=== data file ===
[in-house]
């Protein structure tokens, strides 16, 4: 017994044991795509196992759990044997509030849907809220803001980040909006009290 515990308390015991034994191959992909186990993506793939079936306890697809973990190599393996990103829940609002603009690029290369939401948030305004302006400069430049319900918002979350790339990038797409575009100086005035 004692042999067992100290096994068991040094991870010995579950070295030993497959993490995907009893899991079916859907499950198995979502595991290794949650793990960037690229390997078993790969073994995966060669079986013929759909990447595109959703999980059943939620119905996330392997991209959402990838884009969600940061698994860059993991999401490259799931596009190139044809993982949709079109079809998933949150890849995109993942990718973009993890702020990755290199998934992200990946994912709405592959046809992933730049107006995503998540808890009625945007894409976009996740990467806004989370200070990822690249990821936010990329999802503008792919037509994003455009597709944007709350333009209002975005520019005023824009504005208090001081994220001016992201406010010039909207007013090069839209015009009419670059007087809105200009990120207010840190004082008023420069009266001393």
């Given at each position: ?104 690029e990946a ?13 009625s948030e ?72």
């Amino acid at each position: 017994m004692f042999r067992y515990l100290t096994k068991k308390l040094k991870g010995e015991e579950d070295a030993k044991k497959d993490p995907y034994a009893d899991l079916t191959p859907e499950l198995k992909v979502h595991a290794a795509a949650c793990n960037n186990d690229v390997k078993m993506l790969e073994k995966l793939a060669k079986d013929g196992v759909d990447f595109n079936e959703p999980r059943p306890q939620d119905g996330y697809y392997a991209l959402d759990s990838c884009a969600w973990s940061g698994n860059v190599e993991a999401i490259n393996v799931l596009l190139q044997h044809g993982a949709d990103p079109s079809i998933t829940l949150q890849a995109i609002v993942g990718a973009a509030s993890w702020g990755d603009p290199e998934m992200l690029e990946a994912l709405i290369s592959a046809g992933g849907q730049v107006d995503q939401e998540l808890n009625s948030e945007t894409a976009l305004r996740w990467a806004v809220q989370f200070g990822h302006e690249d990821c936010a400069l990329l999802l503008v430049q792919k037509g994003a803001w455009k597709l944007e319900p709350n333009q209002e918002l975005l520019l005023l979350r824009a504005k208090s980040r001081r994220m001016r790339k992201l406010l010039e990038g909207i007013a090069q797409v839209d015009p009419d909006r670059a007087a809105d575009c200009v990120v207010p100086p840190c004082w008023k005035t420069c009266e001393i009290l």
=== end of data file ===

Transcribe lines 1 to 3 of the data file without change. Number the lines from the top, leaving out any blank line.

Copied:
[in-house]
């Protein structure tokens, strides 16, 4: 017994044991795509196992759990044997509030849907809220803001980040909006009290 515990308390015991034994191959992909186990993506793939079936306890697809973990190599393996990103829940609002603009690029290369939401948030305004302006400069430049319900918002979350790339990038797409575009100086005035 004692042999067992100290096994068991040094991870010995579950070295030993497959993490995907009893899991079916859907499950198995979502595991290794949650793990960037690229390997078993790969073994995966060669079986013929759909990447595109959703999980059943939620119905996330392997991209959402990838884009969600940061698994860059993991999401490259799931596009190139044809993982949709079109079809998933949150890849995109993942990718973009993890702020990755290199998934992200990946994912709405592959046809992933730049107006995503998540808890009625945007894409976009996740990467806004989370200070990822690249990821936010990329999802503008792919037509994003455009597709944007709350333009209002975005520019005023824009504005208090001081994220001016992201406010010039909207007013090069839209015009009419670059007087809105200009990120207010840190004082008023420069009266001393």
């Given at each position: ?104 690029e990946a ?13 009625s948030e ?72």